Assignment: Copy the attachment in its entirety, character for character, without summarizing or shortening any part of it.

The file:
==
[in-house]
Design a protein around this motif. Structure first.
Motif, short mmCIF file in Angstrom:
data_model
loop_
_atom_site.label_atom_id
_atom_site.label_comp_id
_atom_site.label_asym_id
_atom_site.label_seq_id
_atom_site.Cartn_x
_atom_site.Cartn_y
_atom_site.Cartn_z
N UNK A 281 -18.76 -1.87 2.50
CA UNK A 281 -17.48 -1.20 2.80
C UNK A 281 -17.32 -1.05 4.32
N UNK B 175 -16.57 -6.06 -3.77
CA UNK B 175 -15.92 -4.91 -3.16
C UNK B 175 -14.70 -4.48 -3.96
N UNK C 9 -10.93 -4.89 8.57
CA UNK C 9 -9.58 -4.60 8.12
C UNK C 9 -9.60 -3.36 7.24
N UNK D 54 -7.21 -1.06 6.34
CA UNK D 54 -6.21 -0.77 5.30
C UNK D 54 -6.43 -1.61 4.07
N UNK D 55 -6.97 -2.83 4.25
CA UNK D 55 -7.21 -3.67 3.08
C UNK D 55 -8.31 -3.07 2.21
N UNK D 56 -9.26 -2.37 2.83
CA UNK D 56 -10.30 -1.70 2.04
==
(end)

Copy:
[in-house]
Design a protein around this motif. Structure first.
Motif, short mmCIF file in Angstrom:
data_model
loop_
_atom_site.label_atom_id
_atom_site.label_comp_id
_atom_site.label_asym_id
_atom_site.label_seq_id
_atom_site.Cartn_x
_atom_site.Cartn_y
_atom_site.Cartn_z
N UNK A 281 -18.76 -1.87 2.50
CA UNK A 281 -17.48 -1.20 2.80
C UNK A 281 -17.32 -1.05 4.32
N UNK B 175 -16.57 -6.06 -3.77
CA UNK B 175 -15.92 -4.91 -3.16
C UNK B 175 -14.70 -4.48 -3.96
N UNK C 9 -10.93 -4.89 8.57
CA UNK C 9 -9.58 -4.60 8.12
C UNK C 9 -9.60 -3.36 7.24
N UNK D 54 -7.21 -1.06 6.34
CA UNK D 54 -6.21 -0.77 5.30
C UNK D 54 -6.43 -1.61 4.07
N UNK D 55 -6.97 -2.83 4.25
CA UNK D 55 -7.21 -3.67 3.08
C UNK D 55 -8.31 -3.07 2.21
N UNK D 56 -9.26 -2.37 2.83
CA UNK D 56 -10.30 -1.70 2.04